Today’s housing market data finds more single-family housing starts and an increase in mortgage applications for new home purchases while mortgage rates take a slight dip.
Single-family housing starts in April were at a rate of 854,000, which is 6.2 percent above the revised March figure
of 804,000, according to new data from the U.S. Census Bureau and the Department of Housing and Urban Development. Privately-owned housing starts in April were at a seasonally adjusted annual rate of 1,235,000, up 5.7 percent from the revised March estimate
of 1,168,000 but 2.5 percent below the April 2018 rate of 1,267,000.
Single-family authorizations in April were at a rate of 782,000, a 4.2 percent drop from the revised March figure
of 816,000. Privately-owned housing units authorized by building permits in April were at a seasonally adjusted annual rate of 1,296,000, up by a slight 0.6 percent from the revised March rate
of 1,288,000 but five percent below the April 2018 rate of 1,364,000.
Single-family housing completions in April were at a rate of 918,000, a 4.1 percent drop from the revised March rate of 957,000. Privately-owned housing completions in April were at a seasonally adjusted annual rate of 1,312,000, down 1.4 percent from the revised March estimate of 1,331,000 but 5.5 percent above the April 2018 rate of 1,244,000.
Separately, the Mortgage Bankers Association (MBA) reported mortgage applications for new home purchases in April increased 15.6 percent from a year ago and were also up by three percent
The MBA estimated new single-family home sales were running at a seasonally adjusted annual rate of 722,000 units in April, up by 6.8 percent from the March pace of 676,000 units. On an unadjusted basis, MBA estimated that there were 69,000 new home sales in April, an increase of 4.5 percent from 66,000 new home sales in March. The average loan size of new homes increased from $331,794 in March to $338,745 in April, while conventional loans composed 70.7 percent of loan applications, followed by FHA loans at 17.1 percent and VA loans at 11.5 percent.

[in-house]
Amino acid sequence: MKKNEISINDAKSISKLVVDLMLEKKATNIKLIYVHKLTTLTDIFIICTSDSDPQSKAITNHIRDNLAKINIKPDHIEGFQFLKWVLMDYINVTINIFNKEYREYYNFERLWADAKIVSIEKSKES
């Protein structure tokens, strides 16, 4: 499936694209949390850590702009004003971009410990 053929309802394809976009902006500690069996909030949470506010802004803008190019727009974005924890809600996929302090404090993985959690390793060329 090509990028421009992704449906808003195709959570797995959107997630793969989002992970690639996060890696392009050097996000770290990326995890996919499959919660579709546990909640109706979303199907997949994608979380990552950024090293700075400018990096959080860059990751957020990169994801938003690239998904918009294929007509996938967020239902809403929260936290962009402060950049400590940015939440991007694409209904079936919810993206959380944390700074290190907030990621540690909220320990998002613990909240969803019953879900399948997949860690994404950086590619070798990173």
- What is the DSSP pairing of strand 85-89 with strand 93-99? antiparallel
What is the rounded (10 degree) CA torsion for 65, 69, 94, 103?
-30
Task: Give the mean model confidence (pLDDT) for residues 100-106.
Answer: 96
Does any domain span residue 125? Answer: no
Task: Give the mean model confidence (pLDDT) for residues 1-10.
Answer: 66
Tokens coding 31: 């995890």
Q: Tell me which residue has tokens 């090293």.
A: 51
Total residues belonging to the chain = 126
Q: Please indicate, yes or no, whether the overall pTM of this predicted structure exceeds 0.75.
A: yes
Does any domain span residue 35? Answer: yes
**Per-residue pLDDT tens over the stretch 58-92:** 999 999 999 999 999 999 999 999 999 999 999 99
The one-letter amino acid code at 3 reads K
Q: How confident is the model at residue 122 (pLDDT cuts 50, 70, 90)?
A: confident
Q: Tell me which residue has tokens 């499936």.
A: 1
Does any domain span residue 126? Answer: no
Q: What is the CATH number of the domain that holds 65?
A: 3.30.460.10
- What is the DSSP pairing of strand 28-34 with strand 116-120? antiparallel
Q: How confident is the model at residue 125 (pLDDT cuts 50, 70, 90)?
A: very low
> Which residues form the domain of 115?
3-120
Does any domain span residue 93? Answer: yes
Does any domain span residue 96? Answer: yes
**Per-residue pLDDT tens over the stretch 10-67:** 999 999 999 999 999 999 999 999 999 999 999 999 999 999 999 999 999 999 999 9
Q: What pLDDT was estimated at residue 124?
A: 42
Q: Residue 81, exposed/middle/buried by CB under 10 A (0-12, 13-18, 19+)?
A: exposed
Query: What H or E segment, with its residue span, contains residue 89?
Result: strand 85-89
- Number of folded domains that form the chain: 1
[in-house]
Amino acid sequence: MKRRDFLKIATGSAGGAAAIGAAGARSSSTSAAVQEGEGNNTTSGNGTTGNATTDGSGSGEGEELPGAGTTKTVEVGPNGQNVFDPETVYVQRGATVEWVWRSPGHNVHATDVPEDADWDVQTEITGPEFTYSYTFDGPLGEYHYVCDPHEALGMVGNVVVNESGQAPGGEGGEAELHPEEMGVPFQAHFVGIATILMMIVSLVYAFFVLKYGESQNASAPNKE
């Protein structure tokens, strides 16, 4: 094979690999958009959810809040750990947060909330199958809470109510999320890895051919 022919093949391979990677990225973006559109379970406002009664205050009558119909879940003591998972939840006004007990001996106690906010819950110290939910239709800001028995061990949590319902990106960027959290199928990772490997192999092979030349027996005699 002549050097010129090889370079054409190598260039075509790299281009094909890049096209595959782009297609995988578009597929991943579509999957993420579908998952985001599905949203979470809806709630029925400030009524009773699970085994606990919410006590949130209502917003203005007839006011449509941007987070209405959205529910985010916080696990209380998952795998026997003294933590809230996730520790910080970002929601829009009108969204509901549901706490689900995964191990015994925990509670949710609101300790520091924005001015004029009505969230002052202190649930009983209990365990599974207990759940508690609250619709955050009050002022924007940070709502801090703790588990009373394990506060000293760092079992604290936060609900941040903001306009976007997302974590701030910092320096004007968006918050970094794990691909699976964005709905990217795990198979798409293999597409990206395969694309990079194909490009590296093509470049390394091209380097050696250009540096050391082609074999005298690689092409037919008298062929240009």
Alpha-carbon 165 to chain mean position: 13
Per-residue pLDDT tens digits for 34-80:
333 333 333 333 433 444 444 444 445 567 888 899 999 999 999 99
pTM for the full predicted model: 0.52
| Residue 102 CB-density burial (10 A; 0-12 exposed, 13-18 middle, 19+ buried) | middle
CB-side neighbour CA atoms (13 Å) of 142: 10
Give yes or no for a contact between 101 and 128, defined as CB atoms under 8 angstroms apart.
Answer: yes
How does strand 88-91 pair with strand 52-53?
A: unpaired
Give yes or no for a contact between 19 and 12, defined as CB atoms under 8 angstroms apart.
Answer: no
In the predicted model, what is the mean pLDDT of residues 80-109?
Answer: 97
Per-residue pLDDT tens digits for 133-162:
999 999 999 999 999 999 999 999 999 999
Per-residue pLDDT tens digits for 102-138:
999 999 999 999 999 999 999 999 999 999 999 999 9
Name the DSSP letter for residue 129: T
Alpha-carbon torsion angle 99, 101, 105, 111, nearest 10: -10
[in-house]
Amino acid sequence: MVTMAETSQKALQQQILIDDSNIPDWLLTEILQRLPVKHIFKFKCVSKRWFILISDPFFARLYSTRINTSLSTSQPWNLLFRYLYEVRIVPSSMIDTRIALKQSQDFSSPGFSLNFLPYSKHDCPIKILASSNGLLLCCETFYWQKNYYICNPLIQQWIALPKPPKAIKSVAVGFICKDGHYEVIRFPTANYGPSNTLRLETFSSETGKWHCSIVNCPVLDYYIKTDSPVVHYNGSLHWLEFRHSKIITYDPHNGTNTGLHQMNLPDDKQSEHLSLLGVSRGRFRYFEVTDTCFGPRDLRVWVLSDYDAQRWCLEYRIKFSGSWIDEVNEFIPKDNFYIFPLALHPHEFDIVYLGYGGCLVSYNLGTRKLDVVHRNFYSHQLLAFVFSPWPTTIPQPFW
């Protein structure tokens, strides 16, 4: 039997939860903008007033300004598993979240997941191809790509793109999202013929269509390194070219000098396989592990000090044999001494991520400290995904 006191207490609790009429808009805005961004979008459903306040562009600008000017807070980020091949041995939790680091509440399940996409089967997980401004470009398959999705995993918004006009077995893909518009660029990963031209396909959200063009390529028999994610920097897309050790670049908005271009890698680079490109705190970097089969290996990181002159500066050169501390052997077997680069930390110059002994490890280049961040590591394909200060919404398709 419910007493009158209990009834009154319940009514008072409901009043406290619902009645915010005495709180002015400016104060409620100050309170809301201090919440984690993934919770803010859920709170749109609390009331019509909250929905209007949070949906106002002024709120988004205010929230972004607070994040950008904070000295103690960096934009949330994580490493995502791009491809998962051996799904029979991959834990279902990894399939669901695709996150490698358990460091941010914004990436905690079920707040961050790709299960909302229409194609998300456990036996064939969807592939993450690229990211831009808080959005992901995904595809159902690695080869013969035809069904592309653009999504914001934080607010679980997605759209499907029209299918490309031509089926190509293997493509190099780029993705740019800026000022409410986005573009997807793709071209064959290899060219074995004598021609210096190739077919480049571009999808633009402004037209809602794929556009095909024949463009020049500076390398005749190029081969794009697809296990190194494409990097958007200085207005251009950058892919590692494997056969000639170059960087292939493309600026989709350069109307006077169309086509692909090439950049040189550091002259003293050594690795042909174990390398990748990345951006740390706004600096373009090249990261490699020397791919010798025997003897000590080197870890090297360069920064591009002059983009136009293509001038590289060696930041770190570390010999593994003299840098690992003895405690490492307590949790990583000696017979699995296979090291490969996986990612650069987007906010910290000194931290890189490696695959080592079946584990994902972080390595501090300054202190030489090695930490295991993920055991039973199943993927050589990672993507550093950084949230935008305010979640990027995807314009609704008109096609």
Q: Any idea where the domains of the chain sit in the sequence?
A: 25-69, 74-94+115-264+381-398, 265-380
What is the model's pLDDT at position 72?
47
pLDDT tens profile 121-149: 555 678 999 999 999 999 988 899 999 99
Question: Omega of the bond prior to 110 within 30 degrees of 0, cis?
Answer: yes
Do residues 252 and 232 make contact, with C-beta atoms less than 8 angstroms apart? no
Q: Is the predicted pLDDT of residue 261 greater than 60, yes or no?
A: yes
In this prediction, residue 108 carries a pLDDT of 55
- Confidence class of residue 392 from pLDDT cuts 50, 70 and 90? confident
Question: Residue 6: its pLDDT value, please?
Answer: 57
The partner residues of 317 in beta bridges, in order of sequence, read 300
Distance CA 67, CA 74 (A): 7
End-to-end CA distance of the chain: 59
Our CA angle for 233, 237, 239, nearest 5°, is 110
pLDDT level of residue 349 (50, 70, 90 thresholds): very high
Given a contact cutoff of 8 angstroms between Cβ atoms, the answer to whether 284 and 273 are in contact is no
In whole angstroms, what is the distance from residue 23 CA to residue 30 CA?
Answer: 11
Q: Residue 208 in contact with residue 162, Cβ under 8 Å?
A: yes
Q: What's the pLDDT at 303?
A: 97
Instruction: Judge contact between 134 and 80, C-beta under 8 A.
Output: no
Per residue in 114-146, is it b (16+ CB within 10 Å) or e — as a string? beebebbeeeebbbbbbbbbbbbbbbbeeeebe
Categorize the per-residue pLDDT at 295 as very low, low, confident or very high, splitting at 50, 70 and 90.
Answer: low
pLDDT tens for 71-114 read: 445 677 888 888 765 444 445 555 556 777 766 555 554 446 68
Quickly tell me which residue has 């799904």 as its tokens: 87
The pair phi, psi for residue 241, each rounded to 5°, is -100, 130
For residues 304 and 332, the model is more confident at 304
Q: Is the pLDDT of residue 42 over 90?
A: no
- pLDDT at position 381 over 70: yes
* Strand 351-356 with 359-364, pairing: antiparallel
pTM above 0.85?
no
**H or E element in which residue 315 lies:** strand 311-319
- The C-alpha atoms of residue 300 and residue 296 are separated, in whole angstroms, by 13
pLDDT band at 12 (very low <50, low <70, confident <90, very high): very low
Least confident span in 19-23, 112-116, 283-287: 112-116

“There was a healthy increase in new home purchase activity in April, boosted by the strong economic and employment conditions seen in the first quarter of 2019,” said Joel Kan, MBA’s Associate Vice President of Economic and Industry Forecasting. “Applications for new home purchases increased, as did our estimate for new home sales. After two months of declines, MBA estimates that April new home sales were 10 percent higher than last April and reached the highest annual pace since this survey’s inception in 2013.”
As for mortgage rates, Freddie Mac reported the 30-year fixed-rate mortgage (FRM) averaged 4.07 percent for the week ending May 16, down from last week
when it averaged 4.10 percent. The 15-year FRM this week averaged 3.53 percent, down from last week
when it averaged 3.57 percent. And the five-year Treasury-indexed hybrid adjustable-rate mortgage (ARM) averaged 3.66 percent, up from last week
when it averaged 3.63 percent.
“Modestly weaker consumer spending and manufacturing data, along with continued jitters around trade policy, caused interest rates to decline throughout the yield curve,” said Sam Khater, Freddie Mac’s chief economist. “While signals from the financial markets are flashing caution signs, the real economy remains on solid ground with steady job growth and five-decade low unemployment rates, which will drive up home sales this summer.”